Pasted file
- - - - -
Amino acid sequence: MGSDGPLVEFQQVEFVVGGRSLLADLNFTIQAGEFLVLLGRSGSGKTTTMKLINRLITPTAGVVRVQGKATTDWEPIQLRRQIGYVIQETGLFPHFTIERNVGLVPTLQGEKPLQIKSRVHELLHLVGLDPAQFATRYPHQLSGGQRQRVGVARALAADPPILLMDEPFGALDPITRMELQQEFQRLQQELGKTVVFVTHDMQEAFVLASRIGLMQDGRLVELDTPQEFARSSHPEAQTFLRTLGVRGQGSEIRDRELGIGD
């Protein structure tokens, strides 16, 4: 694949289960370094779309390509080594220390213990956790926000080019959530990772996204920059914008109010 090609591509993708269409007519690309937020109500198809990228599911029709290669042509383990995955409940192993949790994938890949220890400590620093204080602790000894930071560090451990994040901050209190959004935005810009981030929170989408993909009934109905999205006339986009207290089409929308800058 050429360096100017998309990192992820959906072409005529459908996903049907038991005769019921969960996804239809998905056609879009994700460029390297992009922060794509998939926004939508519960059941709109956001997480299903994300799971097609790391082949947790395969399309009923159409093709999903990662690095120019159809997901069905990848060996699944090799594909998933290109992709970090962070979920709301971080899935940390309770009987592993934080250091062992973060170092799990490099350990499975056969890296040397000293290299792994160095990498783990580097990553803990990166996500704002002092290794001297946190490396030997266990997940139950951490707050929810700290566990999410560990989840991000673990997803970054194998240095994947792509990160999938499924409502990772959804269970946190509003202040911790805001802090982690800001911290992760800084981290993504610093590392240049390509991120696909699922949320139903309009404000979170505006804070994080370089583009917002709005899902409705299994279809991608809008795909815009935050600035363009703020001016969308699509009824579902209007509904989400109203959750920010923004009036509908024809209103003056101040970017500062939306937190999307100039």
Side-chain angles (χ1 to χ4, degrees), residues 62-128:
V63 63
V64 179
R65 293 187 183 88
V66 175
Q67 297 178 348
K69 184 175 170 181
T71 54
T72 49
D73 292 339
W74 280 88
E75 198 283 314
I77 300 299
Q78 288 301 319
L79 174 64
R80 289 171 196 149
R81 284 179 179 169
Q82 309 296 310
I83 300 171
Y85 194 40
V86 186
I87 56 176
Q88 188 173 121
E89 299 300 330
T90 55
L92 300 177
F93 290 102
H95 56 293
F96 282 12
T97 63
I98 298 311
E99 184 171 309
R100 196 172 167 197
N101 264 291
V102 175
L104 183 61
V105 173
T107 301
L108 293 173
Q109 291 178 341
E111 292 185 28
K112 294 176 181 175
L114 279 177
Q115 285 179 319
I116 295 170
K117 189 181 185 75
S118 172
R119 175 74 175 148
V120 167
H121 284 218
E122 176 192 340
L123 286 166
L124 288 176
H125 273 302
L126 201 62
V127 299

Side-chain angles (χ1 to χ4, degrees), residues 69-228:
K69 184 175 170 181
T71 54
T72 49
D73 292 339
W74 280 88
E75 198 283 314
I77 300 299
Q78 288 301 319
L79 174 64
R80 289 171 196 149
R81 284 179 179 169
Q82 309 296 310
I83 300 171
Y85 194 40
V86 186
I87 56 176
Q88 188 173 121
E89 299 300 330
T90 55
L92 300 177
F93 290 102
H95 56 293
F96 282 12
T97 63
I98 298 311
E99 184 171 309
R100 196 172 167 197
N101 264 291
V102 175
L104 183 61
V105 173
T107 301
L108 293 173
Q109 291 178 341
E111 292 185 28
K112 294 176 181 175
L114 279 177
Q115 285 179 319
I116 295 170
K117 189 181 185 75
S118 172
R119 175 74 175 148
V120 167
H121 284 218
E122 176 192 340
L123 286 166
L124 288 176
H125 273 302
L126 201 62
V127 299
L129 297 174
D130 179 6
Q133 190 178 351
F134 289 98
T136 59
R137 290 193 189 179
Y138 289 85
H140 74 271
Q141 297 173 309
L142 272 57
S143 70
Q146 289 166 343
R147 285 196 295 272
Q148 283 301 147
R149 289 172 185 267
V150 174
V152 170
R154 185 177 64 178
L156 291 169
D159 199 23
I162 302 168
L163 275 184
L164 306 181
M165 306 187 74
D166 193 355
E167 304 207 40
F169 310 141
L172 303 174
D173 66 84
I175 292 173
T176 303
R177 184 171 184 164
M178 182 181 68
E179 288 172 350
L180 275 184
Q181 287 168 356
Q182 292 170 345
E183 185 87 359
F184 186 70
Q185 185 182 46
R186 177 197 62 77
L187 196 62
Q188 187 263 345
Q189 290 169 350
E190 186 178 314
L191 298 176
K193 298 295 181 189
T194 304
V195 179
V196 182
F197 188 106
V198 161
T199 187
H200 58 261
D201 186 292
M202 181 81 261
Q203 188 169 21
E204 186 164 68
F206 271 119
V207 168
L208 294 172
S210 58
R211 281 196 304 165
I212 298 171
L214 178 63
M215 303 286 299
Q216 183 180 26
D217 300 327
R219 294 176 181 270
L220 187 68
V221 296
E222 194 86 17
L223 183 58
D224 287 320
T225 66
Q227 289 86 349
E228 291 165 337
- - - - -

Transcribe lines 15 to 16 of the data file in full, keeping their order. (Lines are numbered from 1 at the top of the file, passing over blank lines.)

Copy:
I77 300 299
Q78 288 301 319